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Rybakina finds positives from defeat in "very powerful" decider

  • Dan Imhoff

A beaten finalist in one of the most fearsome displays of power hitting seen in an Australian Open final, Elena Rybakina's resolve is unwavering as she targets further Grand Slam glory.

Some days, the vanquished competitor feels compelled to tip their hat.

Saturday night on Rod Laver Arena was one such occasion.

Rybakina played her part in the hailstorm of winners that flowed in the final (Getty Images)

Gracious in her defeat to maiden major champion Aryna Sabalenka, the 23-year-old Rybakina accepted she was a part of something special – two hours and 28 minutes of the most convincing shot-making, both women with white-line fever, neither willing to budge an inch.

Her second outing in a Grand Slam final did not pan out quite as well as her first, but the 2022 Wimbledon champion expected she would only grow from the experience.

"If it's going to be like this, it's great. For sure, that's the goal, to be in the second week of all the Grand Slams, to play finals," Rybakina said.

"Yeah, I mean, now I have more confidence of course even after this final. I just need to work hard, same as I did during pre-season and actually throughout the years, be healthy, and for sure the results are going to come."

The Kazakh admitted to goosebumps as the noise level from the crowd reached fever-pitch during the encounter.

She was not the only one who experienced goosebumps.

Her efforts to save four match points only had the stadium swirling with heightened excitement, eager to prolong the evenly-matched affair.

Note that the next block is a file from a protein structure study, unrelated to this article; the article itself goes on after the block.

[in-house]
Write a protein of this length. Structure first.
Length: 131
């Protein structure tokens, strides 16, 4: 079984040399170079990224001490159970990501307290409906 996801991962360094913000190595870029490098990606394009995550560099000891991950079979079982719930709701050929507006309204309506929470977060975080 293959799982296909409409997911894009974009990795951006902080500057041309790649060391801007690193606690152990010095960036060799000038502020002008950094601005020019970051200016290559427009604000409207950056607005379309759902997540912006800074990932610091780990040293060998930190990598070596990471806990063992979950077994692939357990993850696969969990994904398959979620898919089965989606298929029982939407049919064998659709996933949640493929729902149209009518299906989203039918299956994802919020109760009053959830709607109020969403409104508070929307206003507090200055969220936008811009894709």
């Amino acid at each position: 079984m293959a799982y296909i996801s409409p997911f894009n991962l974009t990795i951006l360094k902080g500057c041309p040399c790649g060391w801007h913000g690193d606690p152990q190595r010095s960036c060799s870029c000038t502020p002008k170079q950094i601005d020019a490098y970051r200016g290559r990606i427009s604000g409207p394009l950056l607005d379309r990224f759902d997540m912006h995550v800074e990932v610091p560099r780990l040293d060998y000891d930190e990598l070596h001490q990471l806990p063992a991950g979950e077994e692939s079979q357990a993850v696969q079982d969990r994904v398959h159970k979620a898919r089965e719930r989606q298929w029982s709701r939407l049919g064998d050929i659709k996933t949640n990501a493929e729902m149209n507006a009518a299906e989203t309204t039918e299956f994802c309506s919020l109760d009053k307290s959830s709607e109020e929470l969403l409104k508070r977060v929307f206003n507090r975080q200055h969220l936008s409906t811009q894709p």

Rybakina and Sabalenka struck a whopping 82 winners combined in the 4-6 6-3 6-3 result.

"There is maybe (only a) few girls who plays like this," Rybakina said of Sabalenka. "I just know that I have to serve well. It's also pressure in the end.

"As soon as I have opportunity, take it. Today I had some opportunities. Didn't take. The match didn't go my way … I think quality of the match was good.

"It was a very powerful game from both of us. Well, I think it's just … not many powerful players there on tour. Maybe this is kind of pushing the other players to be more aggressive."

Only seven months ago, Rybakina was crowned a Grand Slam champion when she swept the draw at the All England Club.

With no ranking points on offer at Wimbledon last season, she arrived at Melbourne Park as the 22nd seed, a mark which most accepted was not a true reflection of her standing.

Following straight-sets triumphs over Iga Swiatek, Jelena Ostapenko and Victoria Azarenka, Rybakina became the first woman to beat three former Grand Slam champions in an Australian Open since Jennifer Capriati in 2001.

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On Monday, she heads home as a top-10 debutante.

A longer time coming than expected, perhaps, but it carried little weight with the unaffected Rybakina.

"I don't think tomorrow I'm going to feel different just because of the ranking now," she said. "But, I mean, for sure it's going to be different on the smaller tournaments, I would say.

"I'm going to be seeded. Maybe in some tournaments I'm not going to play first round.

"So of course there is some benefits out of this, but I don't really look for the ranking numbers so much."